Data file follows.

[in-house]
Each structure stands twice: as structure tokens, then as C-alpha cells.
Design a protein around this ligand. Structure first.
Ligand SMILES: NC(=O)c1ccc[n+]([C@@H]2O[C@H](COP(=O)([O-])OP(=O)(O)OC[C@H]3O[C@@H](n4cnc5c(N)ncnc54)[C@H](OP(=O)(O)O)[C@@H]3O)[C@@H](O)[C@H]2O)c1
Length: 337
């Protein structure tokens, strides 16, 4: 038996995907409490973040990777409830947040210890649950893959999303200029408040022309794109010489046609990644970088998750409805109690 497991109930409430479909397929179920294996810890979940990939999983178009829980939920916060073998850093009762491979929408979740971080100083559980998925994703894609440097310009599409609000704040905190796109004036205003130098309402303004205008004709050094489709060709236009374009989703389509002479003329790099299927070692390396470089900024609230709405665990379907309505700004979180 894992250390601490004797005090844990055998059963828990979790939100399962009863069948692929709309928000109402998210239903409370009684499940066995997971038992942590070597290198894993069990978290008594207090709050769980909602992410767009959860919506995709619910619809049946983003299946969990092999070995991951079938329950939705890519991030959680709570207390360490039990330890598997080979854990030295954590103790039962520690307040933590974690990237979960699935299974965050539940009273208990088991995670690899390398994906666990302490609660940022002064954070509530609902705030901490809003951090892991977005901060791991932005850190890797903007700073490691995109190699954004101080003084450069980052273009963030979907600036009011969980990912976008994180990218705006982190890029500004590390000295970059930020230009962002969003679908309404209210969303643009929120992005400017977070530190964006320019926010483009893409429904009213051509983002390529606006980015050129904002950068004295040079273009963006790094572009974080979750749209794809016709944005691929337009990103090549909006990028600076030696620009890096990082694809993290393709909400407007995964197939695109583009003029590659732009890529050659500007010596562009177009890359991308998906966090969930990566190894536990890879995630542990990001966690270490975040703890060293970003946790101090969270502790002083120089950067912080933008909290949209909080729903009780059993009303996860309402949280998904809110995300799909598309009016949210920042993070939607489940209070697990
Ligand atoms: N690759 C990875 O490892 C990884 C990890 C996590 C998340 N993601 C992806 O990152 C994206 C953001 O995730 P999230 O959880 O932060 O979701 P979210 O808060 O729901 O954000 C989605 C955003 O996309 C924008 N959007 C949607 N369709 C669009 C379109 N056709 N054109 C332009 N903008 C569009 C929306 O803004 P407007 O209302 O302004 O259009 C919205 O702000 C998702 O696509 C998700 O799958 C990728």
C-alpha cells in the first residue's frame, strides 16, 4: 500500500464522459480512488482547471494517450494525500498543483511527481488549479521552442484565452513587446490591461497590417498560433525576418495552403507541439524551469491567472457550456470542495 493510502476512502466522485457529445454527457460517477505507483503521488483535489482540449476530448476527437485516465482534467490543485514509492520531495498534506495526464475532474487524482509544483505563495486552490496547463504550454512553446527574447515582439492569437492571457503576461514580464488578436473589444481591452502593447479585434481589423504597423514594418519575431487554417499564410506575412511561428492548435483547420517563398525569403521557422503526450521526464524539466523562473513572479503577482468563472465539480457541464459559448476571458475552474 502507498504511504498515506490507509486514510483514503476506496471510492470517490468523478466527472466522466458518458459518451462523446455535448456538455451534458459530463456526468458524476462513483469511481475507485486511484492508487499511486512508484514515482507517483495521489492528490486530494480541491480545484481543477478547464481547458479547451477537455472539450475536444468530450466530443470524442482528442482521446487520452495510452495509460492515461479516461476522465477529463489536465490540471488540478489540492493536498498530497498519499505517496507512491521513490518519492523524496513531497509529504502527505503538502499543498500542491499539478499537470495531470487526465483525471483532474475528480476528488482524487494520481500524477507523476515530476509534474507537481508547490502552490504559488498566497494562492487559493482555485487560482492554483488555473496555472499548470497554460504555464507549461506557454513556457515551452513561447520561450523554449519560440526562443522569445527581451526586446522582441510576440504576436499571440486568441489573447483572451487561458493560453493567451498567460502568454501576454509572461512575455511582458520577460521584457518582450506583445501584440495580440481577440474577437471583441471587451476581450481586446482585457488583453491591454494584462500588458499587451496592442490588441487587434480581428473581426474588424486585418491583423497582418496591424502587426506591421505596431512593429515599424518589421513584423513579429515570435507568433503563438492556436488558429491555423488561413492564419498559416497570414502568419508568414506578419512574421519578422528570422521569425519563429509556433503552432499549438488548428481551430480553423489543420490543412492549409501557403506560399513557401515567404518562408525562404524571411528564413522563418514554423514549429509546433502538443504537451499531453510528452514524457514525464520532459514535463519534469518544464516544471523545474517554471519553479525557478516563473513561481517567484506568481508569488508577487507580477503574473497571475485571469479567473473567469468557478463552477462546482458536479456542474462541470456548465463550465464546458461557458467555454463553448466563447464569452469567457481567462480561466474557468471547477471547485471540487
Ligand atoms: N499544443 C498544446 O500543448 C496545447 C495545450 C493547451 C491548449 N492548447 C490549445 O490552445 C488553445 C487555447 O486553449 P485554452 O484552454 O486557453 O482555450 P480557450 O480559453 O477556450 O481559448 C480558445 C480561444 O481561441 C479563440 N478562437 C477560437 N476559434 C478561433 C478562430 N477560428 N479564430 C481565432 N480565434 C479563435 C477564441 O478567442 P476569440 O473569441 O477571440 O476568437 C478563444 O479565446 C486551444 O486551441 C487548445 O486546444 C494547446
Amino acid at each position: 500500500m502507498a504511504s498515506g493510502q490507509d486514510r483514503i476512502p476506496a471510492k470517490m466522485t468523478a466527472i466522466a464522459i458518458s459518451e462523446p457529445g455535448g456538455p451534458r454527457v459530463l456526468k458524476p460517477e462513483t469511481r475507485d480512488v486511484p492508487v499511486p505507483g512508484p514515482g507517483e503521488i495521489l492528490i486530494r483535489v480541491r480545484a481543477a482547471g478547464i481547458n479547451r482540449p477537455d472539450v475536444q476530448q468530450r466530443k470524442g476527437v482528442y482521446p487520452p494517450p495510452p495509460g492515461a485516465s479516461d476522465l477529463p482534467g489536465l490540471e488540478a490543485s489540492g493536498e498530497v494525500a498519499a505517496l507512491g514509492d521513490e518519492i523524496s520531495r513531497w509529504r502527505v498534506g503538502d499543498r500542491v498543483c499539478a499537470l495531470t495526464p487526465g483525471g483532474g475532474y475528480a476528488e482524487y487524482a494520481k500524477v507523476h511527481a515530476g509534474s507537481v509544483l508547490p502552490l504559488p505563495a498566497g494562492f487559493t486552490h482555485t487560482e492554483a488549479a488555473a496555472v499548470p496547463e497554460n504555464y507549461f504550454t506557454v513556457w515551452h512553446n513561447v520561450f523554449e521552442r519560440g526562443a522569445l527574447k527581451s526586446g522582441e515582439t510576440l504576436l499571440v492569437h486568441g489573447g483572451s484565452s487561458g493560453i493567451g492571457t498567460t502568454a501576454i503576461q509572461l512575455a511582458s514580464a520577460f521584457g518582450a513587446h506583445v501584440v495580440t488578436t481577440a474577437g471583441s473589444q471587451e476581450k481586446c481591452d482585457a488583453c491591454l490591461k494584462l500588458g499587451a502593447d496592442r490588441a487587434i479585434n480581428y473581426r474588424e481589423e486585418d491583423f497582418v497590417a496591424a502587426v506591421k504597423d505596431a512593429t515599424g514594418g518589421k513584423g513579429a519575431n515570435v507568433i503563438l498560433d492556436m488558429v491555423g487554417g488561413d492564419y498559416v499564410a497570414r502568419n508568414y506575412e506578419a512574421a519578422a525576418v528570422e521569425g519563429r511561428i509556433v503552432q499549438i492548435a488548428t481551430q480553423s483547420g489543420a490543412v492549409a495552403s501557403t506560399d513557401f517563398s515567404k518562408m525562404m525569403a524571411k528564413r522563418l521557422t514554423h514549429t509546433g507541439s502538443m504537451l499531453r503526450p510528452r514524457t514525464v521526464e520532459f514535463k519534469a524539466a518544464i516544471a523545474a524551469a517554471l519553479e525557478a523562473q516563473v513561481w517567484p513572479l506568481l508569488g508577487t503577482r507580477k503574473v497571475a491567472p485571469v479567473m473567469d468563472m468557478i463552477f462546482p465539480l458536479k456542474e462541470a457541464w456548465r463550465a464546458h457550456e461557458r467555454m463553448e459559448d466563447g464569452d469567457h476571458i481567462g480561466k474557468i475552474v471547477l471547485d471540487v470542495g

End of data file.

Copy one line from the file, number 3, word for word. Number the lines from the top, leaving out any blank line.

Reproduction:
Design a protein around this ligand. Structure first.